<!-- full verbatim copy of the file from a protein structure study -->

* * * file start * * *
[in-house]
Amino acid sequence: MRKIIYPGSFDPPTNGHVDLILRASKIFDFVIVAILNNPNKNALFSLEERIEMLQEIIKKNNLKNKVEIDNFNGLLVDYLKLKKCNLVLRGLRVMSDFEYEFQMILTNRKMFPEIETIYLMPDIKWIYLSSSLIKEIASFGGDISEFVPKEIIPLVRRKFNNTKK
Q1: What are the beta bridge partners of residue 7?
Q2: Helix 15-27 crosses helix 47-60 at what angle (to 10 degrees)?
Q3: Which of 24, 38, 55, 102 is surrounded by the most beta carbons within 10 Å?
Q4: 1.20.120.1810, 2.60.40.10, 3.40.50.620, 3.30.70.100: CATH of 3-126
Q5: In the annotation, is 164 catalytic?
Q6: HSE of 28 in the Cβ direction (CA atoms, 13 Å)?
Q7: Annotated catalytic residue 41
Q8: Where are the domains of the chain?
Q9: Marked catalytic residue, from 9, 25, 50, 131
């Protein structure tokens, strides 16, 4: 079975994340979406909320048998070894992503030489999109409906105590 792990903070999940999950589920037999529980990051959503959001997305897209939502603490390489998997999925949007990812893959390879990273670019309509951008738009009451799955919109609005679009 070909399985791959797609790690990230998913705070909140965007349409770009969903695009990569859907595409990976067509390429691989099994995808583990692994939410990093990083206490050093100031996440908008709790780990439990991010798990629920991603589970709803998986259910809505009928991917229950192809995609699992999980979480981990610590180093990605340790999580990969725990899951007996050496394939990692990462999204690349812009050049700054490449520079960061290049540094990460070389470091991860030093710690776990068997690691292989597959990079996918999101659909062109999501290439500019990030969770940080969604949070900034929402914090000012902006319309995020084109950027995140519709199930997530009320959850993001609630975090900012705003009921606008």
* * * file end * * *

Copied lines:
[in-house]
Amino acid sequence: MRKIIYPGSFDPPTNGHVDLILRASKIFDFVIVAILNNPNKNALFSLEERIEMLQEIIKKNNLKNKVEIDNFNGLLVDYLKLKKCNLVLRGLRVMSDFEYEFQMILTNRKMFPEIETIYLMPDIKWIYLSSSLIKEIASFGGDISEFVPKEIIPLVRRKFNNTKK
Q1: What are the beta bridge partners of residue 7?
Q2: Helix 15-27 crosses helix 47-60 at what angle (to 10 degrees)?
Q3: Which of 24, 38, 55, 102 is surrounded by the most beta carbons within 10 Å?
Q4: 1.20.120.1810, 2.60.40.10, 3.40.50.620, 3.30.70.100: CATH of 3-126
Q5: In the annotation, is 164 catalytic?
Q6: HSE of 28 in the Cβ direction (CA atoms, 13 Å)?
Q7: Annotated catalytic residue 41
Q8: Where are the domains of the chain?
Q9: Marked catalytic residue, from 9, 25, 50, 131
């Protein structure tokens, strides 16, 4: 079975994340979406909320048998070894992503030489999109409906105590 792990903070999940999950589920037999529980990051959503959001997305897209939502603490390489998997999925949007990812893959390879990273670019309509951008738009009451799955919109609005679009 070909399985791959797609790690990230998913705070909140965007349409770009969903695009990569859907595409990976067509390429691989099994995808583990692994939410990093990083206490050093100031996440908008709790780990439990991010798990629920991603589970709803998986259910809505009928991917229950192809995609699992999980979480981990610590180093990605340790999580990969725990899951007996050496394939990692990462999204690349812009050049700054490449520079960061290049540094990460070389470091991860030093710690776990068997690691292989597959990079996918999101659909062109999501290439500019990030969770940080969604949070900034929402914090000012902006319309995020084109950027995140519709199930997530009320959850993001609630975090900012705003009921606008």